79. Wonderful! A beautiful, positive story just when we needed one. Bravo to all.

  80. Such wonderful news. It makes one weep for joy!

  81. The Thai soccer team story, has effected the entire soccer community, especially because the World Cup is in full swing. These boys not only demonstrated courage and bravery, they also exemplified teamwork. Of course, teamwork should not be something new, after all this is a soccer team. Yet, in a generation where technology and prosperity is highlighted, this situation illustrates the need for world wide cooperation. Take for example, the people who discovered the boys, two British divers. Secondly, the amount of people involved in the rescue, including the Thai government and a team of Elon Musk’s engineers. Thus, this story is incredibly and vitally important because it unified a large mass of people for the same cause. One onlooker can only exclaim ‘thank god’ in response to the boys rescue, with their health in rather superb condition considering the circumstances. Certainly, a large majority of the praise must belong to the coach of the Wild Boars soccer team. The coach was able to keep his team alive, and as the only adult he must have felt the responsibility from the families of the boys. Gracefully speaking, he is one of the true heroes of this story. The rescue of these boys is allowing the world to take a giant breath of relief. Soccer truly does unify the world, and this story is just an example of the passion the sport brings.

  82. "Dr. Thongchai said the team would be monitored for two weeks, the second week at home, and that the boys had not yet been allowed to play — but they are sharing the same room and can talk with each other from their hospital beds."
    Earlier, on BBC, I heard comments by a British psychologist about their "rehabilitation" back in society.
    As a medical and mental health professional, my thoughts in few words: Arrange "Transitional" group living for a brief time between their stay at the hospital and their homes, coupled with increasing interaction with the loved ones. ( Call it Acclimatization; "Depressurization"--?!)

  83. I notice the seal at the top wears a halo. Mahalo
    brave hero. May his sacrifice be honored amid the well deserved celebrations for this magnificent rescue!

  84. The entire Thai nation rallied around these boys. They were saved. A wonderful result. Should not we Americans do the same for the children in our midst who wait in cages,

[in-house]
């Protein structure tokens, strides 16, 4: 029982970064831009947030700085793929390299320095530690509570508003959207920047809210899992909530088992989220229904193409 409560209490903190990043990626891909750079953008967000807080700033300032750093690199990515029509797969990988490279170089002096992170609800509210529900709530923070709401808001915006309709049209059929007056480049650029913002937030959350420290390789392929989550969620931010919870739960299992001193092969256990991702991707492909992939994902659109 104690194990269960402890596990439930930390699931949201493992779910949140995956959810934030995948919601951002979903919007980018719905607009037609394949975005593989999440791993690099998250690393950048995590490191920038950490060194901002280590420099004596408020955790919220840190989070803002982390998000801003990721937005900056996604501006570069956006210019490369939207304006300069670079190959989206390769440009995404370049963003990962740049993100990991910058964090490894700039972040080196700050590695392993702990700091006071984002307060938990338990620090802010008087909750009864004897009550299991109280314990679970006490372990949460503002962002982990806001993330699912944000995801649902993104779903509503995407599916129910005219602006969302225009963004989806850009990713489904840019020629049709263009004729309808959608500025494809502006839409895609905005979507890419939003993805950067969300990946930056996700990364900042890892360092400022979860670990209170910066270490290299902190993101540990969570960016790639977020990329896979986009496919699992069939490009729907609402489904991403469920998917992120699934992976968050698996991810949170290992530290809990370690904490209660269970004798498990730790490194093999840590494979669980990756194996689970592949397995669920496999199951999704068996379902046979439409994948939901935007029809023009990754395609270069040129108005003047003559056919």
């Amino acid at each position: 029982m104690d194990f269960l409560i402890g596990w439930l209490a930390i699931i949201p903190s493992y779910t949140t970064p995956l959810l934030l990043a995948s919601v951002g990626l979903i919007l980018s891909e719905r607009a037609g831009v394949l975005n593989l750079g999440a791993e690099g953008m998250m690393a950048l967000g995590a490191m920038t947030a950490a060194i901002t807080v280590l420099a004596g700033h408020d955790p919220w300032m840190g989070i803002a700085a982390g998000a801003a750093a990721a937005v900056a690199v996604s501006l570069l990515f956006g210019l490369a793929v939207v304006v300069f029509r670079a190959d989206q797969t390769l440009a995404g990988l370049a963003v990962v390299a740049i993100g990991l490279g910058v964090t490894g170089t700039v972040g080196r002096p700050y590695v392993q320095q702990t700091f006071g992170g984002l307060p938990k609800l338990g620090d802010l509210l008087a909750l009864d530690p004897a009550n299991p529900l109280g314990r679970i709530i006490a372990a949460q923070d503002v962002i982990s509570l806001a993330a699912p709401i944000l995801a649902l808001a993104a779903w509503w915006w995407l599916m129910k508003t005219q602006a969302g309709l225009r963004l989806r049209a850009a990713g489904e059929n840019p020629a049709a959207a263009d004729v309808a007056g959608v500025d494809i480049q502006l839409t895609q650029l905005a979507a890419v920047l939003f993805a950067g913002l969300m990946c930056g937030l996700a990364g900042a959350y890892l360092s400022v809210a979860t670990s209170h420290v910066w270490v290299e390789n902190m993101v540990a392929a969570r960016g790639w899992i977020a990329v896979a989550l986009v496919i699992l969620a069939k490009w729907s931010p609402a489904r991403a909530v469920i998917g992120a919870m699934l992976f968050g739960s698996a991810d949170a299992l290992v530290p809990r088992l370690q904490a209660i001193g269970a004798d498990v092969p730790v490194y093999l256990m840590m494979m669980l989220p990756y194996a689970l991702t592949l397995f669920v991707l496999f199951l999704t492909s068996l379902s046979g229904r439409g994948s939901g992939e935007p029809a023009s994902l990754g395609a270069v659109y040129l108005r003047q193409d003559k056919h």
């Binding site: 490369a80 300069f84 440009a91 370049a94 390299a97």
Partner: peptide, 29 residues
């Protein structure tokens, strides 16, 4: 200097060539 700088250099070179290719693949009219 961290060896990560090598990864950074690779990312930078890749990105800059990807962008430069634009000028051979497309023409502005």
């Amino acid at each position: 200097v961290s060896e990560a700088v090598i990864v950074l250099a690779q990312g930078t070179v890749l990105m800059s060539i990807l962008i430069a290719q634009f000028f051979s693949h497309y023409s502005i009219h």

separated from their families?

  85. Heroism. Not simply because the rescue divers were brave, but because they could reassure frightened children and lead them to find within themselves the bones to do a difficult and dangerous thing.

  86. I am still amazed that the main pump draining the cave didn't fail until all the boys and rescuers were safely out.

    Tell me: random chance or Something Else?

  87. Twelve boys and their coach spend twelve days in the dark womb of the earth. The coach, trained in Buddhist meditation teaches the boys to use meditation as a technique to calm their minds each day and even as they leave in treacherous circumstances. The one boy who can speak English is himself a sort of refugee who receives free tuition and lunch because he so bright and capable. It is this boy who translates for the whole group. No one got really sick. They are still together, supporting each other. No one is arguing that the coach is to blame. Instead they focus on his bravery and leadership. Not one boy died under his care. The rescuers were kind, highly skilled for sure, but also simply kind. I am tempted to say many of us could use twelve days in the womb of a dark cave -meditating on this beautiful life, this beautiful earth, and how we treat each other. What a lovely gift this has been. Wrapped in scary paper for sure, but a lovely gift all the same.

  88. “The happiest morning,” one user wrote.

    “Thank you so much to everyone in every organization and every country involved in this operation,” another wrote. “You are the real heroes.”

    Then Mr. Trump puts his thumb in it proclaiming that “his” USA team was there on site to “lead and support” the rescue efforts — read “standing by for advice if needed” — while UK took the lead for Western efforts. Then Mr. Trumpet proclaims that the way for other children to escape his child snatching clutches is, “to never attempt to enter illegally in the first place . . . “

    Go Figure . . . A Tale of Two Parallel Worlds,

    “These are the best of times and the worst of times”

    And Never Shall the Twain Meet.

  89. Anyone else notice Chiang Rai is is the Golden Triangle?
    Just realised. Funny!

  90. I hope I don't sound entirely ignorant here, BUT, is there a GoFundMe set up to help these lovely, strong kids in their pursuit of future education, sport, etc. ? Don't know how that works internationally, but it seems a worthy cause.